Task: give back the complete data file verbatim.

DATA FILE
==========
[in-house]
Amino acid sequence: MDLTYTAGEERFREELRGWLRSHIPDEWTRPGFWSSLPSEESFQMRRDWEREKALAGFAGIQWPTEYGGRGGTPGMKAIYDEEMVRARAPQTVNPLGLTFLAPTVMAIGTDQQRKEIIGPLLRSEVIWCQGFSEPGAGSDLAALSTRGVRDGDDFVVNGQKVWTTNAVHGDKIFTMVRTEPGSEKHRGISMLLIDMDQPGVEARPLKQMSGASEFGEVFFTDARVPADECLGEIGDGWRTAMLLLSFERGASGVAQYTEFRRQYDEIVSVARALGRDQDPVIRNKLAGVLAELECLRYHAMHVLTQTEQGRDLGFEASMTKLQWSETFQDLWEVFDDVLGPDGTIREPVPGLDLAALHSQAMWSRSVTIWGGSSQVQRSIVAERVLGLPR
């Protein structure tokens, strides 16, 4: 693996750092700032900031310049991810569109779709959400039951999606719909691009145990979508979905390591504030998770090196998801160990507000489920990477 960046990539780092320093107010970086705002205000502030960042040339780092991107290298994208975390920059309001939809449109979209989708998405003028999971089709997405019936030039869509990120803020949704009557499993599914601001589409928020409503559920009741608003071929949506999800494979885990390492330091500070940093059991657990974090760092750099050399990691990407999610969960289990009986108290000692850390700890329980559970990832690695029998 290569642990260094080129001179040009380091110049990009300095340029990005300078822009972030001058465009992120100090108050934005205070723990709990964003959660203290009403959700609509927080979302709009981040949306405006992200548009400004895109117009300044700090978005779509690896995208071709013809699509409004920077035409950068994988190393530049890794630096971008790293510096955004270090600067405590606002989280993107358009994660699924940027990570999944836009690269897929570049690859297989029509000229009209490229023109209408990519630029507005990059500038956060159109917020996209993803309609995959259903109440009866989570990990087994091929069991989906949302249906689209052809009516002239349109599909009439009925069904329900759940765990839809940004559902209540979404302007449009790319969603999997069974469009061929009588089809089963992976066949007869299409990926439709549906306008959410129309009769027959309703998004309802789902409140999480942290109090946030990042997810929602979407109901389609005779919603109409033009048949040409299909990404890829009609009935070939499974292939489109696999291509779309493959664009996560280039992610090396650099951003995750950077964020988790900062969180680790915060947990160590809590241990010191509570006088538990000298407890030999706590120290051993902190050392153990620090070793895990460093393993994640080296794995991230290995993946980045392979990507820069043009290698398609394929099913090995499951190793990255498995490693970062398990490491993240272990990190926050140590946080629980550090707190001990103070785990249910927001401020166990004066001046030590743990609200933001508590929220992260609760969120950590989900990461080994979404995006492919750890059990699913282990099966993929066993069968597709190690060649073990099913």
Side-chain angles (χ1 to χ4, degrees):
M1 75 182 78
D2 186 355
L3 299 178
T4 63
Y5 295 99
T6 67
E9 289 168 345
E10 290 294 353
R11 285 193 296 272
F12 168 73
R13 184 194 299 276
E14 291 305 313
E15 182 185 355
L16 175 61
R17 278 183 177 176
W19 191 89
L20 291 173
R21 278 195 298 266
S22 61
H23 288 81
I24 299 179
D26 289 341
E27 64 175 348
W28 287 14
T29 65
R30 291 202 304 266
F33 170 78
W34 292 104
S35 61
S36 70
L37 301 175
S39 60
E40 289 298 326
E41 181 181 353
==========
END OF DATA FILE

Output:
[in-house]
Amino acid sequence: MDLTYTAGEERFREELRGWLRSHIPDEWTRPGFWSSLPSEESFQMRRDWEREKALAGFAGIQWPTEYGGRGGTPGMKAIYDEEMVRARAPQTVNPLGLTFLAPTVMAIGTDQQRKEIIGPLLRSEVIWCQGFSEPGAGSDLAALSTRGVRDGDDFVVNGQKVWTTNAVHGDKIFTMVRTEPGSEKHRGISMLLIDMDQPGVEARPLKQMSGASEFGEVFFTDARVPADECLGEIGDGWRTAMLLLSFERGASGVAQYTEFRRQYDEIVSVARALGRDQDPVIRNKLAGVLAELECLRYHAMHVLTQTEQGRDLGFEASMTKLQWSETFQDLWEVFDDVLGPDGTIREPVPGLDLAALHSQAMWSRSVTIWGGSSQVQRSIVAERVLGLPR
């Protein structure tokens, strides 16, 4: 693996750092700032900031310049991810569109779709959400039951999606719909691009145990979508979905390591504030998770090196998801160990507000489920990477 960046990539780092320093107010970086705002205000502030960042040339780092991107290298994208975390920059309001939809449109979209989708998405003028999971089709997405019936030039869509990120803020949704009557499993599914601001589409928020409503559920009741608003071929949506999800494979885990390492330091500070940093059991657990974090760092750099050399990691990407999610969960289990009986108290000692850390700890329980559970990832690695029998 290569642990260094080129001179040009380091110049990009300095340029990005300078822009972030001058465009992120100090108050934005205070723990709990964003959660203290009403959700609509927080979302709009981040949306405006992200548009400004895109117009300044700090978005779509690896995208071709013809699509409004920077035409950068994988190393530049890794630096971008790293510096955004270090600067405590606002989280993107358009994660699924940027990570999944836009690269897929570049690859297989029509000229009209490229023109209408990519630029507005990059500038956060159109917020996209993803309609995959259903109440009866989570990990087994091929069991989906949302249906689209052809009516002239349109599909009439009925069904329900759940765990839809940004559902209540979404302007449009790319969603999997069974469009061929009588089809089963992976066949007869299409990926439709549906306008959410129309009769027959309703998004309802789902409140999480942290109090946030990042997810929602979407109901389609005779919603109409033009048949040409299909990404890829009609009935070939499974292939489109696999291509779309493959664009996560280039992610090396650099951003995750950077964020988790900062969180680790915060947990160590809590241990010191509570006088538990000298407890030999706590120290051993902190050392153990620090070793895990460093393993994640080296794995991230290995993946980045392979990507820069043009290698398609394929099913090995499951190793990255498995490693970062398990490491993240272990990190926050140590946080629980550090707190001990103070785990249910927001401020166990004066001046030590743990609200933001508590929220992260609760969120950590989900990461080994979404995006492919750890059990699913282990099966993929066993069968597709190690060649073990099913």
Side-chain angles (χ1 to χ4, degrees):
M1 75 182 78
D2 186 355
L3 299 178
T4 63
Y5 295 99
T6 67
E9 289 168 345
E10 290 294 353
R11 285 193 296 272
F12 168 73
R13 184 194 299 276
E14 291 305 313
E15 182 185 355
L16 175 61
R17 278 183 177 176
W19 191 89
L20 291 173
R21 278 195 298 266
S22 61
H23 288 81
I24 299 179
D26 289 341
E27 64 175 348
W28 287 14
T29 65
R30 291 202 304 266
F33 170 78
W34 292 104
S35 61
S36 70
L37 301 175
S39 60
E40 289 298 326
E41 181 181 353